I mostly cover news, the Palestinian-Israeli conflict, military issues, politics, religion and daily life stories.
One of my first memories of photography comes from when I was 16 and with my first girlfriend. I sat her on a sycamore tree, and photographed her with a rangefinder camera loaded with black and white film. We were in love, and it was a beautiful experience.
Ever since I can remember, I have loved art and painting, especially when it is realistic. From there, I found myself falling in love with photography quite naturally, and so I collected books about it and taught myself how to use a camera over the years. I went on to complete a degree in photography at a college in southern Israel in 2005.
My first assignment was covering Israel’s 2005 disengagement plan from the Gaza strip, when Israeli settlements and military bases were unilaterally evacuated. As someone who continues to live through the Palestinian-Israeli conflict, it was clear to me that I would cover this story, which unfolded just five miles from my home. While working on the piece, I was exposed to some difficult scenes of people refusing to leave their houses and being forcibly evacuated. I was inspired by some of the things I saw, without judging whether they were right or wrong.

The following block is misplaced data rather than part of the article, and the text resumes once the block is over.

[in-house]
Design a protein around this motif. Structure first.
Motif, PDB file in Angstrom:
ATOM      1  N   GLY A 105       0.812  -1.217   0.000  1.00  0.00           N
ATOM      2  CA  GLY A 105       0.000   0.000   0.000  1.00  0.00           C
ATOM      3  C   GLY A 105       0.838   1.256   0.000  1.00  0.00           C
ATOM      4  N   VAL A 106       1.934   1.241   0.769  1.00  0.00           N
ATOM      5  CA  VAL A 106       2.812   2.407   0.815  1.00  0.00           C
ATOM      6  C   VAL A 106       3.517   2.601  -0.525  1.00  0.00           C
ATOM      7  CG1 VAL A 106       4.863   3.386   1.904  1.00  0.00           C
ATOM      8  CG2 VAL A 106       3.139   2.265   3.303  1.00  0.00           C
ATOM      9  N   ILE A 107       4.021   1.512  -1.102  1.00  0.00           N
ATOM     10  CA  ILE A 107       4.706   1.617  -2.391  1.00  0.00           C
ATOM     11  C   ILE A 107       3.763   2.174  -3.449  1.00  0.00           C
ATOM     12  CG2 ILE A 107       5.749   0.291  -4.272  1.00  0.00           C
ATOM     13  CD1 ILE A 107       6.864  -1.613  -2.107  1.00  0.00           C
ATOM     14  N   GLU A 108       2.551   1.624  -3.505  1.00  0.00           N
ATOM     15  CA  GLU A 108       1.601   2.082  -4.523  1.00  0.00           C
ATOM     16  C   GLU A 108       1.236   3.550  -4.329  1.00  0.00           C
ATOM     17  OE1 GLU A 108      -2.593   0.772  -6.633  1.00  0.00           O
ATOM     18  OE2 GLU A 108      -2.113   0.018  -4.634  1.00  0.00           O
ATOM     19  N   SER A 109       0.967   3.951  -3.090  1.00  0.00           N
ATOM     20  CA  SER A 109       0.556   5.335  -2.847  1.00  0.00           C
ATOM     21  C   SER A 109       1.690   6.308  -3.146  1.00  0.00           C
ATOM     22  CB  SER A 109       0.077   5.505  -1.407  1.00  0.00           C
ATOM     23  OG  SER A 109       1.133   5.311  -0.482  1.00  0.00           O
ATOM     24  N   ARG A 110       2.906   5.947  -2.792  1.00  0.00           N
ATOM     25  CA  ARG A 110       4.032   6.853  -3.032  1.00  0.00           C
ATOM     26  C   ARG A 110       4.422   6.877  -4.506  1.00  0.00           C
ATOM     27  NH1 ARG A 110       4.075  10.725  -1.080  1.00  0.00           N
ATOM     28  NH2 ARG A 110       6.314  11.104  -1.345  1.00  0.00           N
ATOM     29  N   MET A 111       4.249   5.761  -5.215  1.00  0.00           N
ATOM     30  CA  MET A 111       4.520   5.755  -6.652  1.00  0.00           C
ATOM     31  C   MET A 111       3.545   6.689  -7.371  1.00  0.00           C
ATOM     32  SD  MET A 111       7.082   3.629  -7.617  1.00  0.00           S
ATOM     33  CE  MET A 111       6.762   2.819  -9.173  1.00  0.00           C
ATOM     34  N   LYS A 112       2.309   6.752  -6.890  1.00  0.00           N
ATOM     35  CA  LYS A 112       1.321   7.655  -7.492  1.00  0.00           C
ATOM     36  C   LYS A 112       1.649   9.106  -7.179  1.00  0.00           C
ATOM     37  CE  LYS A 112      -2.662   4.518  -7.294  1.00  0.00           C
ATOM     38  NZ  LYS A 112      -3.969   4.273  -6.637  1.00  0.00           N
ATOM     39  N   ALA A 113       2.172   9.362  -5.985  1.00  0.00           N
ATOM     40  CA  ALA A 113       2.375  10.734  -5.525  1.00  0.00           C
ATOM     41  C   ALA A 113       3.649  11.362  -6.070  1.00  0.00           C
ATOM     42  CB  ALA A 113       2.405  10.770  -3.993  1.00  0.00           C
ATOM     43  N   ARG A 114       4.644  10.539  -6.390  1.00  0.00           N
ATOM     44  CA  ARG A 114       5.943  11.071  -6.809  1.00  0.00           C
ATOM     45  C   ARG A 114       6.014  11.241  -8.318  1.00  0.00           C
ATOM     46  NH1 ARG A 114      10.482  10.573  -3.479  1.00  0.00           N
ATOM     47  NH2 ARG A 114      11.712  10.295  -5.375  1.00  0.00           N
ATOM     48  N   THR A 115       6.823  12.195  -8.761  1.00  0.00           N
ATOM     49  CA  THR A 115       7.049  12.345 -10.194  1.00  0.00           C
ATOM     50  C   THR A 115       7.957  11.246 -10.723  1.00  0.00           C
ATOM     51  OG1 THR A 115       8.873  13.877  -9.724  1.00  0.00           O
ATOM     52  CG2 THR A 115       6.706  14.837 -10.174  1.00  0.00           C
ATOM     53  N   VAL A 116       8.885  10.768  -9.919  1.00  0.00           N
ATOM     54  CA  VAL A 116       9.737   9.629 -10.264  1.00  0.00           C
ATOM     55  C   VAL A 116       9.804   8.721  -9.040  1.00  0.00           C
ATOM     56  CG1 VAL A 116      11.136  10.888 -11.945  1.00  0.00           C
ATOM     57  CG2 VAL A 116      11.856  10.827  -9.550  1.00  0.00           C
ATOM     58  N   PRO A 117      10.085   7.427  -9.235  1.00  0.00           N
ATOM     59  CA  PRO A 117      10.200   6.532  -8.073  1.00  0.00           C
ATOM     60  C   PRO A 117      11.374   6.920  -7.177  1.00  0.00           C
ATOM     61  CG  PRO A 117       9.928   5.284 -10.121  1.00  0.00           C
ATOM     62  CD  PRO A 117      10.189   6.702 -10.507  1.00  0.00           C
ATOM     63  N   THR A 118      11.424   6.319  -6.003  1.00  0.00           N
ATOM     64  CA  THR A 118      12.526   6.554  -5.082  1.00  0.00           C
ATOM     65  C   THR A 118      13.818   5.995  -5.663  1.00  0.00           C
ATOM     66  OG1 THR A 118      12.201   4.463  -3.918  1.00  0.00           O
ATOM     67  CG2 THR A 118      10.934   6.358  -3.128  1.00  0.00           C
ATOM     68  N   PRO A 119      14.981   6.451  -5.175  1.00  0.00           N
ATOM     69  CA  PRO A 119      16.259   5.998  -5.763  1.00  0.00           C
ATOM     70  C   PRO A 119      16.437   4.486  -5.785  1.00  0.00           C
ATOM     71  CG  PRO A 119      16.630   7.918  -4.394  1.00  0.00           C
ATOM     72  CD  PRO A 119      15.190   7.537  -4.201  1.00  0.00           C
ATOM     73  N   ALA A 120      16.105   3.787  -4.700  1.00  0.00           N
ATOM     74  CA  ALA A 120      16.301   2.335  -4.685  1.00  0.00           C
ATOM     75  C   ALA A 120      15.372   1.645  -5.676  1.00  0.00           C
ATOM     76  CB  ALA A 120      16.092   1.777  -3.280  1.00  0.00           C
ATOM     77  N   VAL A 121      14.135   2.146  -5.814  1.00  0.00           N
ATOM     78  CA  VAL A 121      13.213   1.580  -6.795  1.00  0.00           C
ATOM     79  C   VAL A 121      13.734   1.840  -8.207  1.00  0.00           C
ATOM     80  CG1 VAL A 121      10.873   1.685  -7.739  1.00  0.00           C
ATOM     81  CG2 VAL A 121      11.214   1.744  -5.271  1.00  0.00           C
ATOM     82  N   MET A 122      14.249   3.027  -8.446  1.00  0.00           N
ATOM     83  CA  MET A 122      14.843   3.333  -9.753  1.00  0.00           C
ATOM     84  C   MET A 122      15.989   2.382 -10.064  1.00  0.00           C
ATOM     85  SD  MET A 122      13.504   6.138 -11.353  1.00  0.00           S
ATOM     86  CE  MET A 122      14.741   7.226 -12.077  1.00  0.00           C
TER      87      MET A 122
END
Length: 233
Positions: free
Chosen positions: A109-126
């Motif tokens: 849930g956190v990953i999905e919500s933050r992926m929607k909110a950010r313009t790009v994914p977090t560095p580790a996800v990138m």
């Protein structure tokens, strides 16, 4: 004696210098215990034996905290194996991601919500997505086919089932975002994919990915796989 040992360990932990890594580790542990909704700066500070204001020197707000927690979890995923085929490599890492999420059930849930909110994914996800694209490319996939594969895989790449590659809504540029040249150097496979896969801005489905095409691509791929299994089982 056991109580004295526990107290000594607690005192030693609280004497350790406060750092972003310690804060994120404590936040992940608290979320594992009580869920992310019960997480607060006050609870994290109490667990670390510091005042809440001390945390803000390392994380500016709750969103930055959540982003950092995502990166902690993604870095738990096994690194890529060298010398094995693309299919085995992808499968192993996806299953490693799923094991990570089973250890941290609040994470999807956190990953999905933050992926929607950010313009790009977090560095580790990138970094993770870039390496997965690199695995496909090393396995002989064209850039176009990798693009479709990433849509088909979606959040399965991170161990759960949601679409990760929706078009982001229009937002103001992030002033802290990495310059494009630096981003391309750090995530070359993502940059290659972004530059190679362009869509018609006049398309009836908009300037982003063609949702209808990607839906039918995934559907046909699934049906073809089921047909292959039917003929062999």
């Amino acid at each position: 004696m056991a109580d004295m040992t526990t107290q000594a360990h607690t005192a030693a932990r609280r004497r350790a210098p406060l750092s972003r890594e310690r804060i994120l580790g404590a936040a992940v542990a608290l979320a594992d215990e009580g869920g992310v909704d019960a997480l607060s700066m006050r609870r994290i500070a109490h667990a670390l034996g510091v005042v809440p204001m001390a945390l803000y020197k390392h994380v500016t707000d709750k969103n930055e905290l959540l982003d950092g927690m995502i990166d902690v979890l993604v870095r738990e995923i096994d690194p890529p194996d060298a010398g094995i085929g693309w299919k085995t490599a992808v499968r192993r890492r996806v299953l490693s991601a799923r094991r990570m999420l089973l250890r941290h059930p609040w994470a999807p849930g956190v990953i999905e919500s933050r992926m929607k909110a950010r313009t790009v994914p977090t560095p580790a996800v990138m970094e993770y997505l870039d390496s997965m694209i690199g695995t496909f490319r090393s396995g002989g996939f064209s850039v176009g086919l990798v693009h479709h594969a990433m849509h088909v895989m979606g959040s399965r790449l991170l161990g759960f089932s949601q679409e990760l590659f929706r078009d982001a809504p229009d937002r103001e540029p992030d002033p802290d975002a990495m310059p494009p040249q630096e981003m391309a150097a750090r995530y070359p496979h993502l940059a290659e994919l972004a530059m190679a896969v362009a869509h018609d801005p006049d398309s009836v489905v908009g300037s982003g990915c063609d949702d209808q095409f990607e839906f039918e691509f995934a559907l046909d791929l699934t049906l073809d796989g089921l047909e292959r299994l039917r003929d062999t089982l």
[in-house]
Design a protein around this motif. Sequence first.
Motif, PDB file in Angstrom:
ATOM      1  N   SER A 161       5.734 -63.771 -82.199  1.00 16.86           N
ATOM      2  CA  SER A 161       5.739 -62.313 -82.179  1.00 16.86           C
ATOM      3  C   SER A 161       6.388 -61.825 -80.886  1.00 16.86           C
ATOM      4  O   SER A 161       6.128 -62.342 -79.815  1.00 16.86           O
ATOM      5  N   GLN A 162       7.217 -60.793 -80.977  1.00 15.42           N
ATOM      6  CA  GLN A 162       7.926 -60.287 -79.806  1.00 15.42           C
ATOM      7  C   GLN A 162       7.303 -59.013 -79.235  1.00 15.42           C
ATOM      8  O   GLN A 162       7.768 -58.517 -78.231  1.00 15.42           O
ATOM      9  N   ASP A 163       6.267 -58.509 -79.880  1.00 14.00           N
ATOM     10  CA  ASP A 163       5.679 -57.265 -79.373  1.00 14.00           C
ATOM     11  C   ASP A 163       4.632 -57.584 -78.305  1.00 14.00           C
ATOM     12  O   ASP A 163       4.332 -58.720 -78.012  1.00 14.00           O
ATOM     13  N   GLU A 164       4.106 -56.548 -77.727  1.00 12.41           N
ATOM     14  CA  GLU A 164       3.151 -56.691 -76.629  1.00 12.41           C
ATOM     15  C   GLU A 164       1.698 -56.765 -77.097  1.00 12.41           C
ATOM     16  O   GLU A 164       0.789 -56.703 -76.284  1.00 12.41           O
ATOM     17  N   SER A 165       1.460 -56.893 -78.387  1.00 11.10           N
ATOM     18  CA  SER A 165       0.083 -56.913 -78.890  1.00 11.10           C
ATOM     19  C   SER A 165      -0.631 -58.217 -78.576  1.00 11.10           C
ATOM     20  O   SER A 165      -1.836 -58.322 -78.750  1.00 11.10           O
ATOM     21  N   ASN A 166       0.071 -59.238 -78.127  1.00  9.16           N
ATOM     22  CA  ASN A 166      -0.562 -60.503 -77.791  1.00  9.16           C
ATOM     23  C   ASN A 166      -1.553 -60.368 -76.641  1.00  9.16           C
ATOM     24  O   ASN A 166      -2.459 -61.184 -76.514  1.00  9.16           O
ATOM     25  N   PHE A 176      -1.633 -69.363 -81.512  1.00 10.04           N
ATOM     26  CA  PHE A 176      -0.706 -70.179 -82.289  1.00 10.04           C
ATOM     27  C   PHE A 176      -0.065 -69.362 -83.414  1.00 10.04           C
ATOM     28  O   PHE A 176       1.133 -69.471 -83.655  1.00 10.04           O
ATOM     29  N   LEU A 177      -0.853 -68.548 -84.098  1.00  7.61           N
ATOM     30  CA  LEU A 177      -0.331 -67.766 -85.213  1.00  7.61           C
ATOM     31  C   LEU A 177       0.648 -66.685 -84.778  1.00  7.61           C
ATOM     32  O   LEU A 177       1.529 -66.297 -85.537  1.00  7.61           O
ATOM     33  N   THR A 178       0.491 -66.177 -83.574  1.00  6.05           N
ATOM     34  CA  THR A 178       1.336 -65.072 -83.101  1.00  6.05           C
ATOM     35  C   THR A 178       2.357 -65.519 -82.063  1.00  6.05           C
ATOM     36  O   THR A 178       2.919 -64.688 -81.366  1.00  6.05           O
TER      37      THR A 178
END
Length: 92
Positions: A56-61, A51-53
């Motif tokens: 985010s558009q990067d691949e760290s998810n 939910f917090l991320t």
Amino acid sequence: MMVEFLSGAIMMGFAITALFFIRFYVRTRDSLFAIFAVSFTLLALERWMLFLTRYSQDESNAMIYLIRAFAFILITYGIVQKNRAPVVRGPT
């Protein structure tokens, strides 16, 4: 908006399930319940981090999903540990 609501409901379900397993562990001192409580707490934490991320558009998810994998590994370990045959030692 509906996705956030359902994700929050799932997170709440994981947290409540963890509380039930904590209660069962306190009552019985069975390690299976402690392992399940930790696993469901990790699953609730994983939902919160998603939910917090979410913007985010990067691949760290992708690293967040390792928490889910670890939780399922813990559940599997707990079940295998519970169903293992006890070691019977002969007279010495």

I don’t think that there is one assignment in particular that has really affected me. But I can say that when you’re living in a place where peace can be replaced by war in an instant every few months, you cannot remain indifferent.
Any story that involves people excites me; I want to be able to tell their stories through photographs. And I hope the pictures I take are relevant to audiences everywhere.
Journalism can be aggressive sometimes, but I just try to be honest about the people I photograph and the way I show reality.